Swift Development with Cocoa (2015)

Chapter 8. SceneKit

The SceneKit framework is a collection of classes that let you compose and present a 3D scene in your app. It works on both iOS and OS X, and is an incredibly simple way of drawing 3D graphics.

SceneKit is great for both games and apps that need to show some kind of 3D content. It also interacts seamlessly with Core Animation and SpriteKit, which means that you can use SceneKit in a variety of different contexts.

For example:

§  You can make your entire app centered around SceneKit, and have all of your user interactions take place using a 3D view. Most games are likely to do this, to some extent.

§  You can embed a 3D view as part of a larger document. The 3D graphs in Numbers, Apple’s spreadsheet app, are an example of this kind of usage.

§  You can render a SpriteKit scene on top of 3D graphics in a SceneKit scene, as an overlay.

§  You can render SpriteKit scenes as textures inside a SceneKit scene. This means you can do things like render a 2D GUI in SpriteKit, and display them on a computer monitor in a 3D game.

SceneKit is also capable of loading 3D content from COLLADA, an industry-standard format for exchanging 3D graphics information. If you have any kind of 3D modeling program, it probably supports exporting 3D content in the COLLADA format, which you can import into your SceneKit scenes. If you don’t have any 3D models to use, you can also use SceneKit to generate basic 3D objects, like cubes, spheres, and capsules.

SceneKit Structure

SceneKit presents everything through an SCNView, which is a subclass of either UIView or NSView, depending on your platform. Inside your SCNView, you create and prepare a scene, which is represented by the SCNScene class. Scenes contain nodes, which are composed into a scene graph: a node has zero or more children, and has a single parent.

On their own, nodes are invisible—all they do is exist in a scene. To make things visible to the user, you attach items to nodes. The items you can attach include:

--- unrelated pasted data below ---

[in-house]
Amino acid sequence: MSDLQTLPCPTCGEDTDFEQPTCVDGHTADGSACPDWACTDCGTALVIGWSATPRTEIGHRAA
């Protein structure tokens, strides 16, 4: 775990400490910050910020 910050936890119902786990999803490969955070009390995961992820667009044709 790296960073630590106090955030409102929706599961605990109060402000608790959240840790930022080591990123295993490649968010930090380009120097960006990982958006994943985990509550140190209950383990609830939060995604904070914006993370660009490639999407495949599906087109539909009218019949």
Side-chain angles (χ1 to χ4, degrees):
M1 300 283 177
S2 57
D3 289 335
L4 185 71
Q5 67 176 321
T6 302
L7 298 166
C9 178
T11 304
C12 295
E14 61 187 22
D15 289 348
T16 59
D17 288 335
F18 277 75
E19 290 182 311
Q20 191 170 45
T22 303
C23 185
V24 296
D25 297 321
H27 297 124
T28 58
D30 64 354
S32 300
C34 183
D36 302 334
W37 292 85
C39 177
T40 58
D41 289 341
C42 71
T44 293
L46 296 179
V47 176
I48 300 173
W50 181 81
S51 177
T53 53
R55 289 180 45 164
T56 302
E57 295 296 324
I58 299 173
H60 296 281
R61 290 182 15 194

These are 3D objects, such as cubes, text, or models loaded from disk.


These determine the position and the angle from which the user can view the scene.


These cast light into the scene, and illuminate objects.

Physics bodies

These cause physical effects to be applied to the objects in your scene, such as collisions and gravity.

A scene, therefore, is composed of a collection of these nodes, with multiple different items attached to them.

In addition to these attached items, geometry objects have materials attached to them. Materials define how the geometry is rendered—what color to use, what textures to apply, and how the surface should react to light. You define these materials either through code or by loading them from a COLLADA file; SceneKit then takes your settings, and turns them into the appropriate GLSL shader.


This chapter discusses using SceneKit inside an SCNView, but this isn’t the only way you can use SceneKit in your apps. If you have a Core Animation layer hierarchy, you can create and use an SCNLayer; additionally, if you’ve written your own OpenGL renderer, you can take advantage of SceneKit’s functionality through the SCNRenderer class, which emits OpenGL commands at a time that you control. This is a bit outside of the scope of this chapter, but it’s worth knowing that it’s there; check the class documentation for SCNLayer and SCNRenderer in the Xcode documentation for more details.

Working with SceneKit

To demonstrate how SceneKit works, this chapter will walk through a simple tutorial app that shows how the different parts of SceneKit fit together.

To get started, we’ll create a simple iOS app, and configure a SceneKit view. We’ll then start adding more and more stuff to it.


SceneKit works on OS X as well as iOS. If you’d prefer to do this on the Mac, just make a Cocoa application, add a SceneKit view to your window, connect it to your App Delegate, and continue from there.

Adding a SceneKit View

The first thing to do will be to create the app and make it use an SCNView:

1.    Create a new, single view iOS application, and call it SceneKit.

2.    Next, add the SceneKit framework. Select the project at the top of the project navigator, and the project settings will appear. Scroll down to the Linked Frameworks and Libraries section, and click the + button below the list.

Select “SceneKit.framework” from the list that appears.

3.    The next step is to make the application create a SceneKit scene when the app starts up.

We want to make the storyboard use an SCNView. Open the application’s storyboard file, and select the view inside the main view controller.

Open the Identity Inspector, and change the view’s class from UIView to SCNView.

The storyboard will now use a SceneKit view as its main view.

Once you’ve got a SceneKit view, you can begin configuring it. The first thing we’ll do in this example is set its background color; later, we’ll add 3D graphics to it. To set the background color of the scene view, open ViewController.swift and add the following code to the viewDidLoadmethod: